10 - 11. Alexey goes from his father’s house to Katerina’s, where she tells him of her love for Dmitri and her desire to save him. She knows all about Grushenka, who is in fact at her house. Grushenka has announced that she will return to a former lover, who left her. This delights Katerina who heaps praise and affection on Grushenka. Suddenly Grushenka rejects her, and announces that she may change her mind. She disrespects Katerina by refusing, and not returning her afections. She promises that she and Dmitry will laugh about this, how Katerina kissed Grushenka’s hand, and Grushenka cruelly laughed at her. Grushenka then leaves, and Katerina is shaken and furious. Alexey leaves and on his way out is given a letter from Mrs. Khokhlakov.
On his walk back to the monastery, Alexey runs into Dmitry who hears about the incident at Katerina’s and laughs. He confesses to Alexey about some shame, some disgrace which awaits him. As he talks about the dishonor he bears, he beats a particular spot on his chest with his fist. Alexey does not understand. Dmitry speaks in a convoluted way about his scandal and disgrace.
Alexey returns to the monastery and finds that Zossima is ill and will soon die. He decides to stay there with him. He also opens the envelope from Mrs. Khokhlakov, which contains a letter written by Lise proclaiming her love for him and asking for him to come visit.
Book three gives a much closer look at some of the main characters outside of the Karamazov men. We see Grigory and his wife, and learn of Karamazov’s illegitimate son whom they have raised, Smerdyakov. The common agreement is that Fyodor fathered this child who was born to Stinking Lizaveta, the town idiot who slept in barns and alleys, and who can not even speak. This act helps to villify Fyodor, and illustrate what kind of man he is. Smerdyakov was born to Lizaveta in the bath-shed, and died soon after. His parentage is a great source of pain and discomfort to Smerdyakov, and he seems to resent the world, and especially the couple who raised him. He fights with his foster father and as a child would hang cats. He seems a man without love. Smerdyakov suffers from epiliepsy, and clearly is eager to be an intellectual like Ivan. Ivan is perhaps the only person he has an affection for, which is more like admiration. He is a servant of the Karamazovs and spends a great deal of time with or around the “family.”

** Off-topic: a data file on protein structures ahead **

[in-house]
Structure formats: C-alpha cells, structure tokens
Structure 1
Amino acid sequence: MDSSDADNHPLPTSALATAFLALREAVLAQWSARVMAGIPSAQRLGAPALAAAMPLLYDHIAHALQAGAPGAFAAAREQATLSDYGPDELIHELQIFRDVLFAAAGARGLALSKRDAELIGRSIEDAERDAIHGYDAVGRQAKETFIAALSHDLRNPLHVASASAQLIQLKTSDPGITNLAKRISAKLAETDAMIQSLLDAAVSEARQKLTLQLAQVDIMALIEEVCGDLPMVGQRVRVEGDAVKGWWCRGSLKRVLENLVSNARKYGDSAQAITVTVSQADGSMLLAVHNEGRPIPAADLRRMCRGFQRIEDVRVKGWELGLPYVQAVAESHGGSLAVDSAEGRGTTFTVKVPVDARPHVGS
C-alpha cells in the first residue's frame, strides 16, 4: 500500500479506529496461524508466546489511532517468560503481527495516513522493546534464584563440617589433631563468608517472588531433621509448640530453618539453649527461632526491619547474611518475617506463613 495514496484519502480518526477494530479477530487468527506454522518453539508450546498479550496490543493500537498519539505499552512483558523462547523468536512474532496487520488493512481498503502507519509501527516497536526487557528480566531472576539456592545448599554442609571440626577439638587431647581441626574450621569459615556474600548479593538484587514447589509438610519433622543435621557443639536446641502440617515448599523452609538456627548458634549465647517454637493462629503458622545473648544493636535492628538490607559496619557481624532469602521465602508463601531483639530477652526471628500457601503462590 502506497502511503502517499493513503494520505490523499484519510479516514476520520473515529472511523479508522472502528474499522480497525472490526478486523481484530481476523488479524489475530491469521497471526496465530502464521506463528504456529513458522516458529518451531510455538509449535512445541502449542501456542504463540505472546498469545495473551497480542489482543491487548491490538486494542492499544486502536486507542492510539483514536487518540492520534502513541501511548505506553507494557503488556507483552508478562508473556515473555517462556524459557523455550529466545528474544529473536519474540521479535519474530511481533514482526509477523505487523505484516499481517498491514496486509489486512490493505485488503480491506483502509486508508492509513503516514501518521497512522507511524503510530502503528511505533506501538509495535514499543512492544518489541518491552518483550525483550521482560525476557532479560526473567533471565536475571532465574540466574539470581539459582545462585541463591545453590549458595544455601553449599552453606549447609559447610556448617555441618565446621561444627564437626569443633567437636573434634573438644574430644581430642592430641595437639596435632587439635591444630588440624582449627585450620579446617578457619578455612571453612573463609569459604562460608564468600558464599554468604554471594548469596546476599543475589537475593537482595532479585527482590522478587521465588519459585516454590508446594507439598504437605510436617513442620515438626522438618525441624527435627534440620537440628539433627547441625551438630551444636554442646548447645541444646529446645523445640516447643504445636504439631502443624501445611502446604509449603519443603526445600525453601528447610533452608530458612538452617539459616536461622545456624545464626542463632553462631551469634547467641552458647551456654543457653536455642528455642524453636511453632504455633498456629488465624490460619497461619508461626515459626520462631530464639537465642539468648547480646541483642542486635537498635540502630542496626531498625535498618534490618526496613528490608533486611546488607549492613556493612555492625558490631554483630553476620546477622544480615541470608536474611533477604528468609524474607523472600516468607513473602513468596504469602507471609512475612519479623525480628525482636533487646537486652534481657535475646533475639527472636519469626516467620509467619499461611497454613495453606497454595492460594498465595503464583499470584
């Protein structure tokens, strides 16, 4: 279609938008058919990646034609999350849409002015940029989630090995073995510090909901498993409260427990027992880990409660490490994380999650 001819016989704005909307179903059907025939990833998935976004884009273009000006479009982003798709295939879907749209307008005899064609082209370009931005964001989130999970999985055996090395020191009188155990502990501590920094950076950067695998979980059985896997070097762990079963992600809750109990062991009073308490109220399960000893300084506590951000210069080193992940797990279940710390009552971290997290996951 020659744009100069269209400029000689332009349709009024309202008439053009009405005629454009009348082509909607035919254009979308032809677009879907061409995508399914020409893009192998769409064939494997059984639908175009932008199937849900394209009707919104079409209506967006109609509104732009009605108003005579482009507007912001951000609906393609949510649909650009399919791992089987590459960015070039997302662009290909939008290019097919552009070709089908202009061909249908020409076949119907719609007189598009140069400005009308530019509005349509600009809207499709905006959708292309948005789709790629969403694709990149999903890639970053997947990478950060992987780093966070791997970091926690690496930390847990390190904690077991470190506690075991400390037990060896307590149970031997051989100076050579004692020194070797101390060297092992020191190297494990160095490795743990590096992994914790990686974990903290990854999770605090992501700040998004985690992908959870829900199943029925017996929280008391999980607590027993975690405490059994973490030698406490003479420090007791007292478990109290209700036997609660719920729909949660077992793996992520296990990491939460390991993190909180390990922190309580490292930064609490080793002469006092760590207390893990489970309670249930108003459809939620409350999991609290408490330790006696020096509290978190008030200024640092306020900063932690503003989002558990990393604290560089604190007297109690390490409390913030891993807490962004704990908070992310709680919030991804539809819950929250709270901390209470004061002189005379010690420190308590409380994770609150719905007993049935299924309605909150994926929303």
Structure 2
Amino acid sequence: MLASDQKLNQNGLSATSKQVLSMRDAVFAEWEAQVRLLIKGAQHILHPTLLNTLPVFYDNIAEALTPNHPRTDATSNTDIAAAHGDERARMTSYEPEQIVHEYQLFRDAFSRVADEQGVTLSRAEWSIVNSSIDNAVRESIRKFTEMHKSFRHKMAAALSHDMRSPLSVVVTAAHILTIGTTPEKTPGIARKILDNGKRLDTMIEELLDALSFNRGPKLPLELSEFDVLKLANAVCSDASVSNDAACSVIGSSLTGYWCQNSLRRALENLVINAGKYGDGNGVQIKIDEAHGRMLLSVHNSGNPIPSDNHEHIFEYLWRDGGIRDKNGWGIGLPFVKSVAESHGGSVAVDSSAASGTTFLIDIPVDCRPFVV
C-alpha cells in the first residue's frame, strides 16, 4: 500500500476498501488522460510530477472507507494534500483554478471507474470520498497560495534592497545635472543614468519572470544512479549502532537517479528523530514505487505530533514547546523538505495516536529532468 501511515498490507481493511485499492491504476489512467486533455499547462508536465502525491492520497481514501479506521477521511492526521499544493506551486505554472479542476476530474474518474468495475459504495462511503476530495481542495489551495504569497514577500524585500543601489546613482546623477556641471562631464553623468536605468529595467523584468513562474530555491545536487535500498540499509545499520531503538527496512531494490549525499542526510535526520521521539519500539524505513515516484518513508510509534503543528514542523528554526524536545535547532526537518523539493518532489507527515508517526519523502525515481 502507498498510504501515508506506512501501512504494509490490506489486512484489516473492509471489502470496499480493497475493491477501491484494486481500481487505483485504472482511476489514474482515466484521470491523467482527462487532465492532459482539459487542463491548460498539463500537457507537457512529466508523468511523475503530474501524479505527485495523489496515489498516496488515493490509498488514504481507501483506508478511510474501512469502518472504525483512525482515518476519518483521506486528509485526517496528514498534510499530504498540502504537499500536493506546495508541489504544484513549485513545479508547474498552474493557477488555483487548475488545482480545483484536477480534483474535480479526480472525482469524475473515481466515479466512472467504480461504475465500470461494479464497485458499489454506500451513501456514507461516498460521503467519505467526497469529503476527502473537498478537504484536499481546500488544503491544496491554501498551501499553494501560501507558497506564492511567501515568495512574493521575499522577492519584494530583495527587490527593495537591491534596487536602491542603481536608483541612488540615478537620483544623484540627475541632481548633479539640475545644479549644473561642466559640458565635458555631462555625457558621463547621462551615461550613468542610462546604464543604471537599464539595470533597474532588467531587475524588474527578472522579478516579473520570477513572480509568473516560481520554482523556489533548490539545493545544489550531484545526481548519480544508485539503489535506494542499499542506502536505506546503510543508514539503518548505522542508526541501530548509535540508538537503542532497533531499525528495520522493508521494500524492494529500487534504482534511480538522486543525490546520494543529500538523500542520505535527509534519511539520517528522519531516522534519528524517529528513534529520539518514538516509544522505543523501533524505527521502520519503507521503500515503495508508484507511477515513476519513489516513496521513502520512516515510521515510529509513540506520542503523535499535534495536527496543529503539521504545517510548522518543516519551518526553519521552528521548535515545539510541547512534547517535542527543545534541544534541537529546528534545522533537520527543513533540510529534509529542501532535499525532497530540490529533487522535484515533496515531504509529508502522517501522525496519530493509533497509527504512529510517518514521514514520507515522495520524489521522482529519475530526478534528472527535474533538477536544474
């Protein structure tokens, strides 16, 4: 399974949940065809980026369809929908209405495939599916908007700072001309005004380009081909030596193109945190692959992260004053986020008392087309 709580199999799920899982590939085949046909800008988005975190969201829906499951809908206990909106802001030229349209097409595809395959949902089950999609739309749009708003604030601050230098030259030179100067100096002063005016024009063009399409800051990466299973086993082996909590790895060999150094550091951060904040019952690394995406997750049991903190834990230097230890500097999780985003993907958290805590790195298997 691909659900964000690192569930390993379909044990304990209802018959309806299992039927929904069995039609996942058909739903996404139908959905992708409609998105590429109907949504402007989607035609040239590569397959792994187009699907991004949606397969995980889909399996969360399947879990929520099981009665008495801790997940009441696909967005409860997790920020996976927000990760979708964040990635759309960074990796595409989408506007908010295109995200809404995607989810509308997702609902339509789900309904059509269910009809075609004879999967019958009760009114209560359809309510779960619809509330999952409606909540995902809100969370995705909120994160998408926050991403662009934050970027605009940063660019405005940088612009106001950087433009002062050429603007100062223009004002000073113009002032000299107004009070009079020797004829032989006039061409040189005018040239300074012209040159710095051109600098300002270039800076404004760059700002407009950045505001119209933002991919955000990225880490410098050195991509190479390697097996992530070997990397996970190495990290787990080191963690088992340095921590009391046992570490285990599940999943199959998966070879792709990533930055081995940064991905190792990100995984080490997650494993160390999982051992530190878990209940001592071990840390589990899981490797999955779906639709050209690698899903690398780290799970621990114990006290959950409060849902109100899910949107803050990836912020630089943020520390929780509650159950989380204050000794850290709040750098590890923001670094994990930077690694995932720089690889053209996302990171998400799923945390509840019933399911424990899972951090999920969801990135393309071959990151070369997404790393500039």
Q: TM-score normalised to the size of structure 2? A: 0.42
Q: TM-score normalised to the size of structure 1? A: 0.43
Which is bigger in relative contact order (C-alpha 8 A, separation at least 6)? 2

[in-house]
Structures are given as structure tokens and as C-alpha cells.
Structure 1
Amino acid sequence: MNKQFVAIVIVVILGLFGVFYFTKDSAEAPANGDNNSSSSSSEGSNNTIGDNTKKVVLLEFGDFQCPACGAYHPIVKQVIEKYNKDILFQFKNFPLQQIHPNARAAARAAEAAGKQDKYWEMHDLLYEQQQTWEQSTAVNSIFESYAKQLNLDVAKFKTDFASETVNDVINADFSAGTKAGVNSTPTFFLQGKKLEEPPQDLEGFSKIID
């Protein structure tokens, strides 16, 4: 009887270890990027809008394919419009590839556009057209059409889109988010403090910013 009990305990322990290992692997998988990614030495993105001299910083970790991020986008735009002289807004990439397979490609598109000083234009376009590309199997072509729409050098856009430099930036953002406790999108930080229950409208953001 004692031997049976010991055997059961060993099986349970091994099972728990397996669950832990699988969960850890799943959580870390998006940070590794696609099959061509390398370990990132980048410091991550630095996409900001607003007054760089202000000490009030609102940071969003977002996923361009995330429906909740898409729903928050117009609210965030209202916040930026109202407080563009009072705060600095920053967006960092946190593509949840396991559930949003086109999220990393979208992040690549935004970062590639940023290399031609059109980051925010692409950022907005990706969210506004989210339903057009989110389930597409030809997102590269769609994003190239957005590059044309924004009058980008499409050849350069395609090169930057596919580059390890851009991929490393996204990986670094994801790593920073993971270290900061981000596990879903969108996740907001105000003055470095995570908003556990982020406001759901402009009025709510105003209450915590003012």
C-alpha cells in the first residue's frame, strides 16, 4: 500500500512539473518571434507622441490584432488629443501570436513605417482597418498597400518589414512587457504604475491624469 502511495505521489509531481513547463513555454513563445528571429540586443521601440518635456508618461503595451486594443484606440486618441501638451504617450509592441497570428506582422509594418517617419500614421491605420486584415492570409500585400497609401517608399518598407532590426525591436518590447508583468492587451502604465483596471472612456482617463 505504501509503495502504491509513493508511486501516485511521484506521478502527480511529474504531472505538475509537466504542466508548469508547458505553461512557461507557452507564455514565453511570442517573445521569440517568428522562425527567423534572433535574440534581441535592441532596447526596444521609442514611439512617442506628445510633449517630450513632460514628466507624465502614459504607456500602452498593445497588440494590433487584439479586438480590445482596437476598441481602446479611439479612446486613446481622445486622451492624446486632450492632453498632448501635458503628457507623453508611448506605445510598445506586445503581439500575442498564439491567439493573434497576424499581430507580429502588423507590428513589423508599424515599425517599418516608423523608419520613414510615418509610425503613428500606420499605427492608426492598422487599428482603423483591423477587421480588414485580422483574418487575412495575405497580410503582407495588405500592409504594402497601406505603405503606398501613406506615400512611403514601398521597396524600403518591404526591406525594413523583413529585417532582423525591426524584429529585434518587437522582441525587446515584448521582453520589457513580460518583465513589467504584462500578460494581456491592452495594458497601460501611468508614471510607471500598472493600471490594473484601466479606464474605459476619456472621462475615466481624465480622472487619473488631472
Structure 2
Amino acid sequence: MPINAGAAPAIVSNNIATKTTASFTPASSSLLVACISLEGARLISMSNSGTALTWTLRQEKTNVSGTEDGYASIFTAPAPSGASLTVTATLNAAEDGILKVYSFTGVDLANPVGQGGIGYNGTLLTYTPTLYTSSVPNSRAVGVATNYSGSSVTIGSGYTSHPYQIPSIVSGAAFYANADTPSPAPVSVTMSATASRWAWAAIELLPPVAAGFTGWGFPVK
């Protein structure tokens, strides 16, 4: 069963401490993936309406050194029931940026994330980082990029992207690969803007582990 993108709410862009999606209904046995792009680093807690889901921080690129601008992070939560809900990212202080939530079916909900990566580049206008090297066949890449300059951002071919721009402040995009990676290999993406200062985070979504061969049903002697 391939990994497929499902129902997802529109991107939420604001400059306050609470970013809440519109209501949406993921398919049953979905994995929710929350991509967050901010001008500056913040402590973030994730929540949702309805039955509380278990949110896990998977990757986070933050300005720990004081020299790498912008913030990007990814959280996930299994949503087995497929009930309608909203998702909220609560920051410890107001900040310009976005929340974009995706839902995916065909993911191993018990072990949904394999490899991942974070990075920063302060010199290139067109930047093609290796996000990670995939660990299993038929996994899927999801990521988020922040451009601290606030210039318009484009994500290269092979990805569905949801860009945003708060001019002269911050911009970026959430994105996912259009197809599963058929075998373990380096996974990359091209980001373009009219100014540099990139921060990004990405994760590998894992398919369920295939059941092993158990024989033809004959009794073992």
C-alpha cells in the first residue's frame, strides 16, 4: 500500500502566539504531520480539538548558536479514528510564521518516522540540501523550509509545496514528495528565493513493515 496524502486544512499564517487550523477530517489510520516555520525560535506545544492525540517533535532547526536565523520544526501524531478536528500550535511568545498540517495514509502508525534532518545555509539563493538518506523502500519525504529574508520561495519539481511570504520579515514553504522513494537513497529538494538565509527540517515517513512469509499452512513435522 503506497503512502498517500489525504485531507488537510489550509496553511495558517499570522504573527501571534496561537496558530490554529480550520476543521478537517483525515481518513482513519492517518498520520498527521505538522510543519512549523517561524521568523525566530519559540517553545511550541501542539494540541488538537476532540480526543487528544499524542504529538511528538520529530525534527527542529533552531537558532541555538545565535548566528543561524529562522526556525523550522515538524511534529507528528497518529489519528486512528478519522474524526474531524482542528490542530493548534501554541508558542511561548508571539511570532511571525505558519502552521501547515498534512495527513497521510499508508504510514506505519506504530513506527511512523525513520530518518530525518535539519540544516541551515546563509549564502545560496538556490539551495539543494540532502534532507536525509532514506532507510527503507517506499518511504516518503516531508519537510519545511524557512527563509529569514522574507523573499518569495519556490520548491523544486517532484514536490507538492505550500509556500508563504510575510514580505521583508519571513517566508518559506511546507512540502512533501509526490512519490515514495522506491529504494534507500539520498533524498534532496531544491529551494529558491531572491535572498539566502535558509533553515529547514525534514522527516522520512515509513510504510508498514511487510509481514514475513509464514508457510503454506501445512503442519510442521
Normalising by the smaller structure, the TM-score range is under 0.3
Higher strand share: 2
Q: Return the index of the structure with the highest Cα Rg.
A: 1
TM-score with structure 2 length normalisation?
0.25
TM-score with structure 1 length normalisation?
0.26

Dmitry is also expanded upon in book two, and is seen as a man with deep feelings and confusion. He talks about his despair and his self-loathing a great deal. He says that in his darkest moments he turns to Schiller’s “Hymn to Joy.” Thus we see that his faith exists somewhere within him, but is only expressed in his darkest times. In this hymn he prays that no matter how base he becomes, he will always be a son of God. He also reveals this dichotomy of self by talking about the Madonna and Sodom. Beauty for many lies in Sodom (sensuality) yet the idea of the Madonna (purity) yet remains. The heart of man fights between these two ideas of beauty; the pure and the base.
Dmitry confesses all things to Alexey whom he claims is the only one he loves. Alexey is in this position for almost everyone in his family, his father tells him that he is the only one whom he does not fear. His role is very important, as a guide, a support for all of his family. He is clearly needed and trusted by all involved, and it is for this reason, his ability to help bring peace and understanding, that Zossima has ordered him to leave the monastery.
Dmitry confesses to Alexey many of the secrets of his heart, of the shame and disgrace which he feels is his. He more than once pounds his chest with his fist, and Dostoevsky specifies that perhaps there was something tangible which Dmitry was referring to. Dmitry’s confession to Alexey also relates his feelings and actions with both his fiancee Katerina and his “love” Grushenka. We see his confession and emotions in his actions also. He has a brutal fight with his father where he knocks him to the ground and kicks his head in a fury over Grushenka. He vows that he would kill his father if he seduces Grushenka with the promise of three thousand rubles. All of this fury and interaction paint the picture of Dmitry as a man with deep feelings, with a battle raging within him. He is capable of great passion and great destruction. An act of murder seems imminent, and everyone is aware of it.
Book three also features the women of the novel, most notably, Katerina and Grushenka. Katerina’s intense love for and devotion to, Dmitry is quite clear. She wants to love and save him. Grushenka is harder to read, for she plays games with people and words. She is capable of arousing great emotional responses to her words and deeds. These two women have also chosen Alexey as a confidante, and there exists at the end of book three, a whirlwind of emotion and controversy which has Alexey as spiritual guide, standing in the middle.